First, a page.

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Mary Quant is best known for pioneering the miniskirt and transforming it into a fashionable piece of women’s clothing. She burst onto the West London scene in the late 1950s, and her signature look embodied the mod subculture that swept the city in the following decade. Quant’s was one of the first London brands to focus on lifestyle as well as aesthetic – her King’s Road store stayed open late, played loud music and offered free drinks to those who frequented it.
In the late ’60s, Quant added hot pants to her collections and embraced the city’s interest in new materials by using PVC, with her vision informing the ‘West London look’ of the time. When supermodel Twiggy wore Quant’s straight-cut pinafore dresses, pleated miniskirts and PVC boots on a shoot for Vogue, it turned the designer into a global phenomenon.
The 1970s London scene was dominated by Dame Vivienne Westwood and her unique take on punk-rock style. Not long after she opened her first boutique, Chelsea’s Let It Rock (later named Sex), the Sex Pistols named it their go-to shop for both on- and off-stage costume. Rebelling against the clean-cut, flared-leg designs of the 1960s, Westwood filled her rails with a selection of tartan pieces, logo-emblazoned leather biker jackets and safety-pin embellishments. It formed the foundation of the Pistols’s iconic look, gave fashion some attitude and set the scene for a decade of rock’n’roll style.
Now a brand and a celebrity in her own right, Westwood remains at the helm of the label, and her reputation for abstract style continues to thrive. Among her most memorable runway shows is the spring/summer 1994 presentation during which British supermodel Naomi Campbell fell over on the catwalk thanks to a particularly precarious pair of purple platform heels.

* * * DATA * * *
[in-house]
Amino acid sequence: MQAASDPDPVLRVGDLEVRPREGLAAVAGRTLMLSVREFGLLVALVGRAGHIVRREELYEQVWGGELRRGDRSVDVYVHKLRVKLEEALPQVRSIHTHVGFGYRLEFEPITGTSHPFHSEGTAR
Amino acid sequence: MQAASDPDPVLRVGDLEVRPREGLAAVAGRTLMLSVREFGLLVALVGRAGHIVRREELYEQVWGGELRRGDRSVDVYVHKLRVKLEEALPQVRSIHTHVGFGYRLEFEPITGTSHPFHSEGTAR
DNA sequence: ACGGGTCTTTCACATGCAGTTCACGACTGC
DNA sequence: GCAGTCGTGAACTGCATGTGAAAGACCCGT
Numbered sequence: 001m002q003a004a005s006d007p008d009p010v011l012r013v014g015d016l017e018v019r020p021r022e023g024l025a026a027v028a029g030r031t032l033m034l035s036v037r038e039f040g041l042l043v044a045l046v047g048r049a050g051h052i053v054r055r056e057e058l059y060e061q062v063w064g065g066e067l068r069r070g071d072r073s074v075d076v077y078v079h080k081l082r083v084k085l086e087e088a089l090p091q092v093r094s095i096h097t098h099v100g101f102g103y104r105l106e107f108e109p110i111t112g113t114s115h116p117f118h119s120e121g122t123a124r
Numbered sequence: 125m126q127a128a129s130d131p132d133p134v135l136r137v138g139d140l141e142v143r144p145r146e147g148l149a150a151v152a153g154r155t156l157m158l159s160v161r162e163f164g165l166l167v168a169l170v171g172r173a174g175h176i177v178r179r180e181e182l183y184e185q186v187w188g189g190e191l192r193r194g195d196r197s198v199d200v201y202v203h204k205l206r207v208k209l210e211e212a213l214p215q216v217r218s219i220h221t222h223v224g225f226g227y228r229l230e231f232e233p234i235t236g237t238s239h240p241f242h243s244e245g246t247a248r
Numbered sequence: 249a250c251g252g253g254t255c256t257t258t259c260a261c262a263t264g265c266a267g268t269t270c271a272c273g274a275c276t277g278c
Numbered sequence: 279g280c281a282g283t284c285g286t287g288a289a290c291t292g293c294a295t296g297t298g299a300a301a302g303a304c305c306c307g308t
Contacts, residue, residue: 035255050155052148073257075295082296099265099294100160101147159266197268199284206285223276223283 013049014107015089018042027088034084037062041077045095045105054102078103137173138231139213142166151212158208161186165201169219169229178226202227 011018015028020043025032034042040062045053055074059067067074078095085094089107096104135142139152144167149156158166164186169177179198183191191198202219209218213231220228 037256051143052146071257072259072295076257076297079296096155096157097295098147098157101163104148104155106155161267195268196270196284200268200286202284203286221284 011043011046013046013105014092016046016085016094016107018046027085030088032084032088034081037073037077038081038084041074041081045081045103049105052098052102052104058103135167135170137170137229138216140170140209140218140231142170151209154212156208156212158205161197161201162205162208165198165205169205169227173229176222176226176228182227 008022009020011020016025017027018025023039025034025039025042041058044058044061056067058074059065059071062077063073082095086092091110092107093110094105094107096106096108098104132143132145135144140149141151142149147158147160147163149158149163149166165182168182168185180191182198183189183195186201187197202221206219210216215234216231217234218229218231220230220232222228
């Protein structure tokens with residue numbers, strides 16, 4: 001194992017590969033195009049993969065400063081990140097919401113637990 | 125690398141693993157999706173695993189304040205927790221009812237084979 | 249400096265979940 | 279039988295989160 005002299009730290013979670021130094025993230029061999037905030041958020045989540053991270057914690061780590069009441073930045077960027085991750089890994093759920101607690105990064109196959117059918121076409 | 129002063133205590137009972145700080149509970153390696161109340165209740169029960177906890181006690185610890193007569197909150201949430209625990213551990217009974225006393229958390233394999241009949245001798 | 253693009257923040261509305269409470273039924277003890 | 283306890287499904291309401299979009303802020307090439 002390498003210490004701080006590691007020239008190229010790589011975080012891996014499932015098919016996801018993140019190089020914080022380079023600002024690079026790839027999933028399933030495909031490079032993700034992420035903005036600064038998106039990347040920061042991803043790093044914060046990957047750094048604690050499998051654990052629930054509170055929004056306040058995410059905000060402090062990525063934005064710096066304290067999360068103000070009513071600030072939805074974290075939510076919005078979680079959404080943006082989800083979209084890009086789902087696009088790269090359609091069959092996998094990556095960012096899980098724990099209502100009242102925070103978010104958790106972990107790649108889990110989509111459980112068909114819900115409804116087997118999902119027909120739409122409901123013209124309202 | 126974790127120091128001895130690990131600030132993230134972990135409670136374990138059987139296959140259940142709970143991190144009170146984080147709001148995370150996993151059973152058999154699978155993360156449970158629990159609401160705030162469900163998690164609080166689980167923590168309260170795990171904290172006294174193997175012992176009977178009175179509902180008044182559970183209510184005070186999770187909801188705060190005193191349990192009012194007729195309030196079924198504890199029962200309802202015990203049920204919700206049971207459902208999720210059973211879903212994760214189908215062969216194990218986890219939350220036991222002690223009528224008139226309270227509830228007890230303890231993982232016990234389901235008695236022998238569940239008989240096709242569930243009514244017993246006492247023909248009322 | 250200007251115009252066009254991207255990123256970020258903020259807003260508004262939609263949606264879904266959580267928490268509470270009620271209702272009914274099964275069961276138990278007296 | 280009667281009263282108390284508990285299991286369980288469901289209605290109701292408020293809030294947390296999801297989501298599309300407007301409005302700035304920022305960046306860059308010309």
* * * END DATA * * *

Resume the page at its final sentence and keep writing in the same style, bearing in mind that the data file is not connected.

Now a prominent civil and environmental rights activist, Westwood uses her position in the public eye to address topical issues, launching her 2012 campaign Climate Revolution at the London Paralympics.
Paul Smith’s story began in Nottingham with his eponymous menswear label. In the early 1980s, the trailblazing designer opened his first clothing shop on Floral Street in Covent Garden, a location now renowned for its diverse fashion offering. The label became known for its natty approach to menswear, with Smith being the first London designer to add unexpected colour to heritage check and patterned detailing to classic shirting. It was a unique look that fused style with tradition and allowed men to experiment without committing to a statement look. Consequently the divide between the conventional and the eccentric dresser was softened.
In reflection of Smith’s love of bright colour and bold detailing, the Floral Street store interior was patterned with his trademark rainbow stripes. It set the premise for a series of unique, artistic spaces, the most famous of which is located in Los Angeles and has become one of the city’s most instagrammed buildings. It wasn’t until 1993, when Smith realised that 15 percent of his clothes were bought by women, that he first launched a womenswear collection.